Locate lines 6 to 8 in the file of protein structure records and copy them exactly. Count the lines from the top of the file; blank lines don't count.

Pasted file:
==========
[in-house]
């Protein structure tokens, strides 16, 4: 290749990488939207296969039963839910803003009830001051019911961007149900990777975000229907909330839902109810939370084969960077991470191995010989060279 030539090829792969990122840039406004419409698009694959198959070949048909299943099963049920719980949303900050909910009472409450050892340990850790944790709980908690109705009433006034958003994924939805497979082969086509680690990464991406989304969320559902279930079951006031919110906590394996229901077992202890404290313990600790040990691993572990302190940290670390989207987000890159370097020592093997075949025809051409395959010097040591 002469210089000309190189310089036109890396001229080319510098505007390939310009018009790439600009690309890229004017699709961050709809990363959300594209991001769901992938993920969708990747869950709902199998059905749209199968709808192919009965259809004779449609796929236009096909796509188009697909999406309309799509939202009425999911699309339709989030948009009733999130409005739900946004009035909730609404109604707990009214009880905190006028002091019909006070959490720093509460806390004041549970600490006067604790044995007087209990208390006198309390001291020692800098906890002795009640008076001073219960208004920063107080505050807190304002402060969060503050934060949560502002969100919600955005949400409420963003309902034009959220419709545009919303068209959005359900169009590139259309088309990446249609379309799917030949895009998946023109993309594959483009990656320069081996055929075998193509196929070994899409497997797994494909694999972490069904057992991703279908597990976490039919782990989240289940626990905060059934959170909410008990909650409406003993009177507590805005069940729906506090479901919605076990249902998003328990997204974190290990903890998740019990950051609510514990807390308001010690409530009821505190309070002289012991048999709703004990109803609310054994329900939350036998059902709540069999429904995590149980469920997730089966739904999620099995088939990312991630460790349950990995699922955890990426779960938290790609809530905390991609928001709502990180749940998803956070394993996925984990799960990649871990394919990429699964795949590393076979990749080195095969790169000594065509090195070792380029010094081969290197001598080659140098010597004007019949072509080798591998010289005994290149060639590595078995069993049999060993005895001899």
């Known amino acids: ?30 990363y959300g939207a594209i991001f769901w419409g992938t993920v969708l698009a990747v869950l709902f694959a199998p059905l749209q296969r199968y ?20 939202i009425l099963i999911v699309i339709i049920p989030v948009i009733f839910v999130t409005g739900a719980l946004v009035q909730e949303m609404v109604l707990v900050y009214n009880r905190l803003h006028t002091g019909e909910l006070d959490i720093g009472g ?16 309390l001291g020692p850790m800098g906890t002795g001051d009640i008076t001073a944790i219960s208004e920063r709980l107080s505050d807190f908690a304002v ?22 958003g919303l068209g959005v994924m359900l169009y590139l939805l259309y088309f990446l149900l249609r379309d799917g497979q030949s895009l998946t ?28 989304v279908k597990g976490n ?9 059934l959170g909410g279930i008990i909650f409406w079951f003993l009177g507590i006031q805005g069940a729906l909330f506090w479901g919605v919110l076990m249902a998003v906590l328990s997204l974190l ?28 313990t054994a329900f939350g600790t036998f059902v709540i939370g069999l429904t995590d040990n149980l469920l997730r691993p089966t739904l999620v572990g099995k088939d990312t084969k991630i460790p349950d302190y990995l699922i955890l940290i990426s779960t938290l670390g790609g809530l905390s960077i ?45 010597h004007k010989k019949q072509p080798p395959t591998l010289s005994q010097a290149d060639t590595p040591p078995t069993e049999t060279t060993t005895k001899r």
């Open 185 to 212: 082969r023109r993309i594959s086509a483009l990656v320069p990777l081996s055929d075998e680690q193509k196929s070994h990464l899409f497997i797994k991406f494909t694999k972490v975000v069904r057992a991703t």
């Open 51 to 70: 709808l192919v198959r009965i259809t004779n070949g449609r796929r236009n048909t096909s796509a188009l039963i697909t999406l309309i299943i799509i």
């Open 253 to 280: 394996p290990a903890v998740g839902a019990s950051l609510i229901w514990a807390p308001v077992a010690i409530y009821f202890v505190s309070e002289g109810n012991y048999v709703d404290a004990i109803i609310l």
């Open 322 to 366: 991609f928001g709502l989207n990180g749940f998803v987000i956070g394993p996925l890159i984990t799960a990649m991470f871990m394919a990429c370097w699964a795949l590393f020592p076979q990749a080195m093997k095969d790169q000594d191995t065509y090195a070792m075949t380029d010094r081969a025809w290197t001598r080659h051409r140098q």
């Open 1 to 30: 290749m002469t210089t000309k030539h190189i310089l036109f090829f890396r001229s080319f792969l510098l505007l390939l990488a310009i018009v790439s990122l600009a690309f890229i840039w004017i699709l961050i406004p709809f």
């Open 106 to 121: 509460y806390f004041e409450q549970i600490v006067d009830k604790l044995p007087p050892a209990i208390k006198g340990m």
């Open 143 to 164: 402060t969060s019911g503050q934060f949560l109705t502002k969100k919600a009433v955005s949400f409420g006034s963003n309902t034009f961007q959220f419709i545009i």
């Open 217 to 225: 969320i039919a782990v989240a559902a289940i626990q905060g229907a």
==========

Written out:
């Open 253 to 280: 394996p290990a903890v998740g839902a019990s950051l609510i229901w514990a807390p308001v077992a010690i409530y009821f202890v505190s309070e002289g109810n012991y048999v709703d404290a004990i109803i609310l």
């Open 322 to 366: 991609f928001g709502l989207n990180g749940f998803v987000i956070g394993p996925l890159i984990t799960a990649m991470f871990m394919a990429c370097w699964a795949l590393f020592p076979q990749a080195m093997k095969d790169q000594d191995t065509y090195a070792m075949t380029d010094r081969a025809w290197t001598r080659h051409r140098q």
């Open 1 to 30: 290749m002469t210089t000309k030539h190189i310089l036109f090829f890396r001229s080319f792969l510098l505007l390939l990488a310009i018009v790439s990122l600009a690309f890229i840039w004017i699709l961050i406004p709809f």